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Keeping Track of Pacific Standard Time: Modern Architecture
12 exhibitions. Nearly 100 events. A city-wide extravaganza. How do you keep track of it all?
Pacific Standard Time Presents: Modern Architecture in L.A., a scaled down sequel to the original Pacific Standard Time, is officially underway. This time around, there are 12 exhibitions and nearly 100 related events scattered across the city, from construction sites to the Schindler House, from Pasadena to Santa Barbara. Who can keep it all straight? Here’s a quickie guide.
A Confederacy of Heretics: The Architecture Gallery, Venice, 1979
March 29 – July 7
In 1979, Thom Mayne’s pop-up exhibition in Venice, the Architecture Gallery, was the place to see photos and plans of visionary structures. Revisit the ten-week show that highlighted the early works of then-young architects Eric Owen Moss, Frank Gehry, and Frank Dimster.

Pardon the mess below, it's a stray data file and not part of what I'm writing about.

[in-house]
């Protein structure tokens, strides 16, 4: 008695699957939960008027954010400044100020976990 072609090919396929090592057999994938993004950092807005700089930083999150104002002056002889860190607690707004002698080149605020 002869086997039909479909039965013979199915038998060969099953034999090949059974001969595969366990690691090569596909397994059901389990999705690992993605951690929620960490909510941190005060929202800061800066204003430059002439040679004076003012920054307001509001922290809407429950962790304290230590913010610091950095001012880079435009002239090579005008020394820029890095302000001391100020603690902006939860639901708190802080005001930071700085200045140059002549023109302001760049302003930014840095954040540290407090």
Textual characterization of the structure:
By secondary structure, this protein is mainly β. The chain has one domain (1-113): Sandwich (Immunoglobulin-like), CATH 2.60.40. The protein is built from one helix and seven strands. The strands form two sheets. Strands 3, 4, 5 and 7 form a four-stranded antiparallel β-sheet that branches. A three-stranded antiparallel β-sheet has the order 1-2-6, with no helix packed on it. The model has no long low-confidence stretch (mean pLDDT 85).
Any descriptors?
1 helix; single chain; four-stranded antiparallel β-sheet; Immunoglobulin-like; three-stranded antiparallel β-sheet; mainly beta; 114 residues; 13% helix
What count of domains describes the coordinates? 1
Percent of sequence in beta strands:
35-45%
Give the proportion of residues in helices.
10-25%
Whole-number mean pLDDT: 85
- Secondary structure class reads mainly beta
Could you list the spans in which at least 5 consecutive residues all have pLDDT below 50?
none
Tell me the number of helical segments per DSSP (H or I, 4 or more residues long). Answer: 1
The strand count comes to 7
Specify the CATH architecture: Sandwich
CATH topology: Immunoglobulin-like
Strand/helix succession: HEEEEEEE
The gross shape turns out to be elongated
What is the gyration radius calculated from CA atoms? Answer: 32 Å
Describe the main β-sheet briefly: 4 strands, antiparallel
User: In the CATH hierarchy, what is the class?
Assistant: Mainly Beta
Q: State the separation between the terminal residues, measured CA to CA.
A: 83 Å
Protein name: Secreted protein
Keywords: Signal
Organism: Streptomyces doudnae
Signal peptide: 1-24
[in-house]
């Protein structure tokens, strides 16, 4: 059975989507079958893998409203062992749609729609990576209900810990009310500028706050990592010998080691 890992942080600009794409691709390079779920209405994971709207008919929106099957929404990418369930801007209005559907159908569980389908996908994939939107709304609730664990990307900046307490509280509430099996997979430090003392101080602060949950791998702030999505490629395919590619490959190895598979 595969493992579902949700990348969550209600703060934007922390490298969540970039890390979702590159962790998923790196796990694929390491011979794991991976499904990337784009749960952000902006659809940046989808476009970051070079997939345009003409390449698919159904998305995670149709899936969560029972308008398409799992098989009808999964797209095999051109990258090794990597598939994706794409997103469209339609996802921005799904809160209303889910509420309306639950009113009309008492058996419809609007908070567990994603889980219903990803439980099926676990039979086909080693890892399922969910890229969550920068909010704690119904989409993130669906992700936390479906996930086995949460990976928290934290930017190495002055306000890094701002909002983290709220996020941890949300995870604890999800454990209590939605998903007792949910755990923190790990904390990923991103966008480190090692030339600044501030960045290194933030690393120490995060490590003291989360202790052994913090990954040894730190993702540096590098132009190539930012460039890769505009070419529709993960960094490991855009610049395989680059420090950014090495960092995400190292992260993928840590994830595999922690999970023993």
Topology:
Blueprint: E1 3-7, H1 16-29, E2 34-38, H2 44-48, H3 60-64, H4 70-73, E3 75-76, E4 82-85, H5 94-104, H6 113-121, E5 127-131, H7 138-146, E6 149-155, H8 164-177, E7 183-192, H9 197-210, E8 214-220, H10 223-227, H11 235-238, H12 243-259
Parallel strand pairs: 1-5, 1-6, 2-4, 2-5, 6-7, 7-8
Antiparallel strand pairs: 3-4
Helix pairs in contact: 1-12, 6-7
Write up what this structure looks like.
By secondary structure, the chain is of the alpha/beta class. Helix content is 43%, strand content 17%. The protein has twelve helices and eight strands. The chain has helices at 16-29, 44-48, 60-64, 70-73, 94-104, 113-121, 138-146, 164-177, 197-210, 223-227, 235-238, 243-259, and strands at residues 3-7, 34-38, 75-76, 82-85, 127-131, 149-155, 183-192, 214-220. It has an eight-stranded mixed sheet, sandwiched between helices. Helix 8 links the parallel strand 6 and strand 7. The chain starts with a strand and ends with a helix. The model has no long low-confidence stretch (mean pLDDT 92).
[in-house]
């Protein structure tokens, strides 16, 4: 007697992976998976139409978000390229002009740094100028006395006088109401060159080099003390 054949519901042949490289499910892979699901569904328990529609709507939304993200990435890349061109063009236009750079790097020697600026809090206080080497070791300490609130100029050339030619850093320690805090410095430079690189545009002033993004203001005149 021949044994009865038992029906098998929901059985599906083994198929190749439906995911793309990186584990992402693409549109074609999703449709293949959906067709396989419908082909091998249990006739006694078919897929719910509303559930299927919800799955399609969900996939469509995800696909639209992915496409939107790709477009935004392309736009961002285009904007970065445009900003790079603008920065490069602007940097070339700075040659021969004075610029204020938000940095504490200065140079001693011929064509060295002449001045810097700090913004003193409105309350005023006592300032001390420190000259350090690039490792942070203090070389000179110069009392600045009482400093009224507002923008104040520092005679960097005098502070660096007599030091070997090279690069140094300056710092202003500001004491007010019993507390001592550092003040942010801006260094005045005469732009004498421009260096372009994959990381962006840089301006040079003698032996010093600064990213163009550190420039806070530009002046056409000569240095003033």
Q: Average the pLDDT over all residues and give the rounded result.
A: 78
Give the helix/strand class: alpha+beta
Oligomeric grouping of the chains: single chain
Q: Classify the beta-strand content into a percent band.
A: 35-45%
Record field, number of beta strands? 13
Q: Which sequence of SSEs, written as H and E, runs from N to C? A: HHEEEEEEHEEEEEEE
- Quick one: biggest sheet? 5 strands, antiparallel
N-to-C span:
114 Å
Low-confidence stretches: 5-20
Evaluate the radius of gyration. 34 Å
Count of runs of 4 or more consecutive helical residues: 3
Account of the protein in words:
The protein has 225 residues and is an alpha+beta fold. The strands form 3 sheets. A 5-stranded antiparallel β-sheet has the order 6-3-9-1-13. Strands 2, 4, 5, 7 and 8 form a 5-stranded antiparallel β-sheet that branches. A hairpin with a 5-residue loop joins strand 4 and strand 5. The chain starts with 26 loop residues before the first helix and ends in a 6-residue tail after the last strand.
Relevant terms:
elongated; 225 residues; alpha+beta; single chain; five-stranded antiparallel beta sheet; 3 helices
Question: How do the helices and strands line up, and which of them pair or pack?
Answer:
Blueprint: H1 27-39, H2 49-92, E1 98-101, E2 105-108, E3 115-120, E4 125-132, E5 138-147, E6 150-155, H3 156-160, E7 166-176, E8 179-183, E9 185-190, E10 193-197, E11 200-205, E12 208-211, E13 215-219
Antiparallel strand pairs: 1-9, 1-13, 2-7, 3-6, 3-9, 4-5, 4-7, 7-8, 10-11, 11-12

Stephen Prina: As He Remembered It
April 7 – August 4
The artist recreates two wartime Schindler homes, since demolished, by rebuilding the furniture that once warmed their interiors. Disembodied, Prina says, each piece resembles an “amputated limb.”
Overdrive: L.A. Constructs the Future, 1940-1990
April 9 – July 21
Getty Center at J. Paul Getty Museum
This installation charts how L.A.’s modern identity emerged in the post-war years, finding expression in the city’s sleek architecture, its crops of coffee shops and shopping malls, its private homes and public insititutions.
In Focus: Ed Ruscha
April 9 – September 29
J. Paul Getty Museum